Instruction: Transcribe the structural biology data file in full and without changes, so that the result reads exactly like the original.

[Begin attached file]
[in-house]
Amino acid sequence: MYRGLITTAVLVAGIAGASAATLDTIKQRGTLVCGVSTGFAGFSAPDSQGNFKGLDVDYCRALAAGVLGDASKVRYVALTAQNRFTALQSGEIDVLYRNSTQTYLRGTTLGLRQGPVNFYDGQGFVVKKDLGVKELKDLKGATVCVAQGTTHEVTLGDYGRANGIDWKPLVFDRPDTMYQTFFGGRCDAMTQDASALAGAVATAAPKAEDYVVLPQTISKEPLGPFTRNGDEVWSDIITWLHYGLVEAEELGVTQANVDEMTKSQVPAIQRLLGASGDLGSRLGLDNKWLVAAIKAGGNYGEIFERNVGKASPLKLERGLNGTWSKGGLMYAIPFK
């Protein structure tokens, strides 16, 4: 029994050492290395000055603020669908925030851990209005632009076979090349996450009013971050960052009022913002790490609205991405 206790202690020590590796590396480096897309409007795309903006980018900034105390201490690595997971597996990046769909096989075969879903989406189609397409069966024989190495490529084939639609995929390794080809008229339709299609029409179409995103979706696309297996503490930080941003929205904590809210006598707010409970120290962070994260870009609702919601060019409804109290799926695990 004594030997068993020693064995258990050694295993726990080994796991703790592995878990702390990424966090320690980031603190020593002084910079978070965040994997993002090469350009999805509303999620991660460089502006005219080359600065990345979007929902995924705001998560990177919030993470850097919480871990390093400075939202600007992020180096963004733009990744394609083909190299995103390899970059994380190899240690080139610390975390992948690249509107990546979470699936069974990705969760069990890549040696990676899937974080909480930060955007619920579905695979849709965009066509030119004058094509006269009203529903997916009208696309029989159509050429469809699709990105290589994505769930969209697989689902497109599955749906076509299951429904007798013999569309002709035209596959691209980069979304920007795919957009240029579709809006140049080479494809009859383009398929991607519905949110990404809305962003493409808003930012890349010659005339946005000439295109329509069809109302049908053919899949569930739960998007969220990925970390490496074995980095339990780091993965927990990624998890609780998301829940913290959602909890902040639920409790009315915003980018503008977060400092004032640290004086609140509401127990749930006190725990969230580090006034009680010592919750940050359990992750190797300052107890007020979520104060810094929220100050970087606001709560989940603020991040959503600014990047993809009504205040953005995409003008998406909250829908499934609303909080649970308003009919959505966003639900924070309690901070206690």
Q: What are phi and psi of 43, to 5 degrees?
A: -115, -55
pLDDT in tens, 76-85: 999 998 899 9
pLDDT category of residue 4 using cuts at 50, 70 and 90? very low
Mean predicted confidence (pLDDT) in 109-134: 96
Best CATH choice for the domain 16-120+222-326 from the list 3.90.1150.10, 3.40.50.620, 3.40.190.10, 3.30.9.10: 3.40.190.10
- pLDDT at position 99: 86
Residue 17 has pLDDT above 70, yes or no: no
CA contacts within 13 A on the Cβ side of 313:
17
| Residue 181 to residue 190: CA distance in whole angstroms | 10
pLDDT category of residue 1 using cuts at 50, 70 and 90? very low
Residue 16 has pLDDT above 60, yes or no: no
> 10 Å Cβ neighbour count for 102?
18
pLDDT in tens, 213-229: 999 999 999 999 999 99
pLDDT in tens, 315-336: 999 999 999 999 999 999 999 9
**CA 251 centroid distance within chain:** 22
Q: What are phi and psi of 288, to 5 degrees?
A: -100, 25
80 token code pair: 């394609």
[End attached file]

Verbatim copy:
[in-house]
Amino acid sequence: MYRGLITTAVLVAGIAGASAATLDTIKQRGTLVCGVSTGFAGFSAPDSQGNFKGLDVDYCRALAAGVLGDASKVRYVALTAQNRFTALQSGEIDVLYRNSTQTYLRGTTLGLRQGPVNFYDGQGFVVKKDLGVKELKDLKGATVCVAQGTTHEVTLGDYGRANGIDWKPLVFDRPDTMYQTFFGGRCDAMTQDASALAGAVATAAPKAEDYVVLPQTISKEPLGPFTRNGDEVWSDIITWLHYGLVEAEELGVTQANVDEMTKSQVPAIQRLLGASGDLGSRLGLDNKWLVAAIKAGGNYGEIFERNVGKASPLKLERGLNGTWSKGGLMYAIPFK
């Protein structure tokens, strides 16, 4: 029994050492290395000055603020669908925030851990209005632009076979090349996450009013971050960052009022913002790490609205991405 206790202690020590590796590396480096897309409007795309903006980018900034105390201490690595997971597996990046769909096989075969879903989406189609397409069966024989190495490529084939639609995929390794080809008229339709299609029409179409995103979706696309297996503490930080941003929205904590809210006598707010409970120290962070994260870009609702919601060019409804109290799926695990 004594030997068993020693064995258990050694295993726990080994796991703790592995878990702390990424966090320690980031603190020593002084910079978070965040994997993002090469350009999805509303999620991660460089502006005219080359600065990345979007929902995924705001998560990177919030993470850097919480871990390093400075939202600007992020180096963004733009990744394609083909190299995103390899970059994380190899240690080139610390975390992948690249509107990546979470699936069974990705969760069990890549040696990676899937974080909480930060955007619920579905695979849709965009066509030119004058094509006269009203529903997916009208696309029989159509050429469809699709990105290589994505769930969209697989689902497109599955749906076509299951429904007798013999569309002709035209596959691209980069979304920007795919957009240029579709809006140049080479494809009859383009398929991607519905949110990404809305962003493409808003930012890349010659005339946005000439295109329509069809109302049908053919899949569930739960998007969220990925970390490496074995980095339990780091993965927990990624998890609780998301829940913290959602909890902040639920409790009315915003980018503008977060400092004032640290004086609140509401127990749930006190725990969230580090006034009680010592919750940050359990992750190797300052107890007020979520104060810094929220100050970087606001709560989940603020991040959503600014990047993809009504205040953005995409003008998406909250829908499934609303909080649970308003009919959505966003639900924070309690901070206690």
Q: What are phi and psi of 43, to 5 degrees?
A: -115, -55
pLDDT in tens, 76-85: 999 998 899 9
pLDDT category of residue 4 using cuts at 50, 70 and 90? very low
Mean predicted confidence (pLDDT) in 109-134: 96
Best CATH choice for the domain 16-120+222-326 from the list 3.90.1150.10, 3.40.50.620, 3.40.190.10, 3.30.9.10: 3.40.190.10
- pLDDT at position 99: 86
Residue 17 has pLDDT above 70, yes or no: no
CA contacts within 13 A on the Cβ side of 313:
17
| Residue 181 to residue 190: CA distance in whole angstroms | 10
pLDDT category of residue 1 using cuts at 50, 70 and 90? very low
Residue 16 has pLDDT above 60, yes or no: no
> 10 Å Cβ neighbour count for 102?
18
pLDDT in tens, 213-229: 999 999 999 999 999 99
pLDDT in tens, 315-336: 999 999 999 999 999 999 999 9
**CA 251 centroid distance within chain:** 22
Q: What are phi and psi of 288, to 5 degrees?
A: -100, 25
80 token code pair: 């394609």